Newswise — Astronomers have devised a new method for measuring perhaps the greatest puzzle of our universe — dark energy. This mysterious force, discovered in 1998, is pushing our universe apart at ever-increasing speeds.
For the first time, astronomers using NASA's Hubble Space Telescope were able to take advantage of a giant magnifying lens in space — a massive cluster of galaxies — to narrow in on the nature of dark energy. Their calculations, when combined with data from other methods, significantly increase the accuracy of dark energy measurements. This may eventually lead to an explanation of what the elusive phenomenon really is.
"We have to tackle the dark energy problem from all sides," said Eric Jullo, an astronomer at NASA's Jet Propulsion Laboratory, Pasadena, Calif. "It's important to have several methods, and now we've got a new, very powerful one." Jullo is lead author of a paper on the findings appearing in the Aug. 20 issue of the journal Science.
Scientists aren't clear about what dark energy is, but they do know that it makes up a large chunk of our universe, about 72 percent. Another chunk, about 24 percent, is thought to be dark matter, also mysterious in nature but easier to study than dark energy because of its gravitational influence on matter that we can see. The rest of the universe, a mere 4 percent, is the stuff that makes up people, planets, stars, and everything made up of atoms.
In their new study, the science team used images from Hubble to examine a massive cluster of galaxies, named Abell 1689, which acts as a magnifying, or gravitational, lens. The gravity of the cluster causes galaxies behind it to be imaged multiple times into distorted shapes, sort of like a fun-house mirror reflection that warps your face.
Using these distorted images, the scientists were able to figure out how light from the more distant, background galaxies had been bent by the cluster — a characteristic that depends on the nature of dark energy. Their method also depends on precise ground-based measurements of the distance and speed at which the background galaxies are traveling away from us. The team used these data to quantify the strength of the dark energy that is causing our universe to accelerate.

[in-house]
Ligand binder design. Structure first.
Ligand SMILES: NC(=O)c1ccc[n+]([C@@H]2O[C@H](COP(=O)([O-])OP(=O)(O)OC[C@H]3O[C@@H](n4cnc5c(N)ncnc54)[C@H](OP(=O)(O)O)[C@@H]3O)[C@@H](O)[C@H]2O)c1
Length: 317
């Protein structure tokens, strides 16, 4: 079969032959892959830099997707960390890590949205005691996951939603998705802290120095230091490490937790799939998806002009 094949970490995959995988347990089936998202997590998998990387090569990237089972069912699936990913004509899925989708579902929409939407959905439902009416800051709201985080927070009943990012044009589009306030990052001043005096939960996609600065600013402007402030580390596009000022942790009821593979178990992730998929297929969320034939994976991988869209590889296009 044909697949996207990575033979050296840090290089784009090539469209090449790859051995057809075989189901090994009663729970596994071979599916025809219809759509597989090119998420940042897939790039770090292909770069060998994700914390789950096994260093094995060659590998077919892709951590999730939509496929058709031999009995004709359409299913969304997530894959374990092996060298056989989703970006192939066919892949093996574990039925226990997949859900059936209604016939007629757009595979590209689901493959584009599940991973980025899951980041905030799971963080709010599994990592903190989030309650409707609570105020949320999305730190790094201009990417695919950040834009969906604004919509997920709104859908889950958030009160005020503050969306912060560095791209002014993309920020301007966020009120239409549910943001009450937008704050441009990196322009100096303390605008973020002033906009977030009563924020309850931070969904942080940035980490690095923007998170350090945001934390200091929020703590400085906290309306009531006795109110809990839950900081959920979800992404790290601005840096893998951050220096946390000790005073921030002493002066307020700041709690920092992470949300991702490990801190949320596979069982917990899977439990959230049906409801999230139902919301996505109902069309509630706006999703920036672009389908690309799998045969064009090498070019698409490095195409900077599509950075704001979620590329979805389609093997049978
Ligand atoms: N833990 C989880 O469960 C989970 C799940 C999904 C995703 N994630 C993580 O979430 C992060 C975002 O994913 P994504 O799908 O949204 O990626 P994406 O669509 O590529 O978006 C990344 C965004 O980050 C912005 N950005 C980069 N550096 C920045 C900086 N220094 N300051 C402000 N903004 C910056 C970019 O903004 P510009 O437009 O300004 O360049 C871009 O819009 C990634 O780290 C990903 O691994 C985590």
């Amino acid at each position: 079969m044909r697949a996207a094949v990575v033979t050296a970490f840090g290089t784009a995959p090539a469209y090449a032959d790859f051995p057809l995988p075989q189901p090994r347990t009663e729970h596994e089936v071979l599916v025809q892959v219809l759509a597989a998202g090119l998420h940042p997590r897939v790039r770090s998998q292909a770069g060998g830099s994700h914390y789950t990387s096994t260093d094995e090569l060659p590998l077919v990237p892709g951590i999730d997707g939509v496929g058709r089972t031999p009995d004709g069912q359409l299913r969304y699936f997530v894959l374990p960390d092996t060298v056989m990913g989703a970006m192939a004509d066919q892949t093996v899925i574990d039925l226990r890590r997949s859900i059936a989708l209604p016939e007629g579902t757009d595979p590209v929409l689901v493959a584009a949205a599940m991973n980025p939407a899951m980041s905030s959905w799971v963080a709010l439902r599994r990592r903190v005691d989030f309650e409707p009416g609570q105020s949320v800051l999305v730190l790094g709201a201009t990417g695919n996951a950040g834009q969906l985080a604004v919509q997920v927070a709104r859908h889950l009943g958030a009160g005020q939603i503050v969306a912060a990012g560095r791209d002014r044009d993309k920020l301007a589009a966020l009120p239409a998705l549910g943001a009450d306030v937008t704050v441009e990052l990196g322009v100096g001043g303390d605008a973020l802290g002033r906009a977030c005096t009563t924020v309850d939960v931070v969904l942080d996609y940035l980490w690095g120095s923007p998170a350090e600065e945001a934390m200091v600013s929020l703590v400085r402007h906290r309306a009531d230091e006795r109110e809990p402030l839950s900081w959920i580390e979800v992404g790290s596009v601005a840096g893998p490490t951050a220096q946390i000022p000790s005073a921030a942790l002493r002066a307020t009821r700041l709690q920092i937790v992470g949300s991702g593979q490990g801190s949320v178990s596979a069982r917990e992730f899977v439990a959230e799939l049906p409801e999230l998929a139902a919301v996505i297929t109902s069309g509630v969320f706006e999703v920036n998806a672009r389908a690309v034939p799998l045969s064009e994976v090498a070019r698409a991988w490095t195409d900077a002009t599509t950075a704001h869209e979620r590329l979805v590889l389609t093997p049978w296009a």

"What I like about our new method is that it's very visual," said Jullo, "You can literally see gravitation and dark energy bend the images of the background galaxies into arcs."
According to the scientists, their method required multiple, meticulous steps. They spent the last several years developing specialized mathematical models and precise maps of the matter — both dark and "normal" — constituting the Abell 1689 cluster.
"We can now apply our technique to other gravitational lenses," said co-author Priya Natarajan, a cosmologist at Yale University, New Haven, Conn. "We're exploiting a beautiful phenomenon in nature to learn more about the role that dark energy plays in our universe."
Other authors of the paper include Jean-Paul Kneib and Carlo Schimd of the Laboratoire d'Astrophysique de Marseille, France; Anson D'Aloisio of Yale University; Marceau Limousin of Laboratoire d'Astrophysique de Marseille, France, and University of Copenhagen, Denmark; and Johan Richard of Durham University, United Kingdom.
For images and more information about the results of this study, visit:
The Hubble Space Telescope is a project of international cooperation between NASA and the European Space Agency. NASA's Goddard Space Flight Center manages the telescope. The Space Telescope Science Institute (STScI) conducts Hubble science operations. STScI is operated for NASA by the Association of Universities for Research in Astronomy, Inc. in Washington, D.C. The California Institute of Technology in Pasadena manages JPL for NASA.